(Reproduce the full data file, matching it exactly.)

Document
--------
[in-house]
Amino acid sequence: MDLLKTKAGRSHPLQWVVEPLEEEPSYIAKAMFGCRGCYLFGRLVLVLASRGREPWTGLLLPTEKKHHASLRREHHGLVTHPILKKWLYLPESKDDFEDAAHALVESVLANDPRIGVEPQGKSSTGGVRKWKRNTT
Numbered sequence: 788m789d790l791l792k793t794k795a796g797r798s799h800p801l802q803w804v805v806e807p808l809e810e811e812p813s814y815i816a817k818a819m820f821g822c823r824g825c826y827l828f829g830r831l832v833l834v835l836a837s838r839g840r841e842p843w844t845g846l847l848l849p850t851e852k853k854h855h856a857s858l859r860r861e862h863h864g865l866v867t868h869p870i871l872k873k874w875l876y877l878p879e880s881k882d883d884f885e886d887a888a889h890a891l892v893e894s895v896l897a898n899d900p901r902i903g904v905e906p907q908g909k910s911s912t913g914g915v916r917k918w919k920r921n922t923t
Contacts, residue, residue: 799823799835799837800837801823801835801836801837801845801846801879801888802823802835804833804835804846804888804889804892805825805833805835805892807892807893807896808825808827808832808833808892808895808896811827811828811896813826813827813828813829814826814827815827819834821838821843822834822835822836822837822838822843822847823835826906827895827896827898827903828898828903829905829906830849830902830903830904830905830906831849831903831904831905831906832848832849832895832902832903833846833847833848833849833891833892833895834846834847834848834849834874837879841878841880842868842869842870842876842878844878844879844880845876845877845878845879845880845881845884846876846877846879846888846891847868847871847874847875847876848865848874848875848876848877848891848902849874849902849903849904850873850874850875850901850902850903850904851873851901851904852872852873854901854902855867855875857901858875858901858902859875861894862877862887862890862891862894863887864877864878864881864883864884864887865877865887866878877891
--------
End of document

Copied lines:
[in-house]
Amino acid sequence: MDLLKTKAGRSHPLQWVVEPLEEEPSYIAKAMFGCRGCYLFGRLVLVLASRGREPWTGLLLPTEKKHHASLRREHHGLVTHPILKKWLYLPESKDDFEDAAHALVESVLANDPRIGVEPQGKSSTGGVRKWKRNTT
Numbered sequence: 788m789d790l791l792k793t794k795a796g797r798s799h800p801l802q803w804v805v806e807p808l809e810e811e812p813s814y815i816a817k818a819m820f821g822c823r824g825c826y827l828f829g830r831l832v833l834v835l836a837s838r839g840r841e842p843w844t845g846l847l848l849p850t851e852k853k854h855h856a857s858l859r860r861e862h863h864g865l866v867t868h869p870i871l872k873k874w875l876y877l878p879e880s881k882d883d884f885e886d887a888a889h890a891l892v893e894s895v896l897a898n899d900p901r902i903g904v905e906p907q908g909k910s911s912t913g914g915v916r917k918w919k920r921n922t923t
Contacts, residue, residue: 799823799835799837800837801823801835801836801837801845801846801879801888802823802835804833804835804846804888804889804892805825805833805835805892807892807893807896808825808827808832808833808892808895808896811827811828811896813826813827813828813829814826814827815827819834821838821843822834822835822836822837822838822843822847823835826906827895827896827898827903828898828903829905829906830849830902830903830904830905830906831849831903831904831905831906832848832849832895832902832903833846833847833848833849833891833892833895834846834847834848834849834874837879841878841880842868842869842870842876842878844878844879844880845876845877845878845879845880845881845884846876846877846879846888846891847868847871847874847875847876848865848874848875848876848877848891848902849874849902849903849904850873850874850875850901850902850903850904851873851901851904852872852873854901854902855867855875857901858875858901858902859875861894862877862887862890862891862894863887864877864878864881864883864884864887865877865887866878877891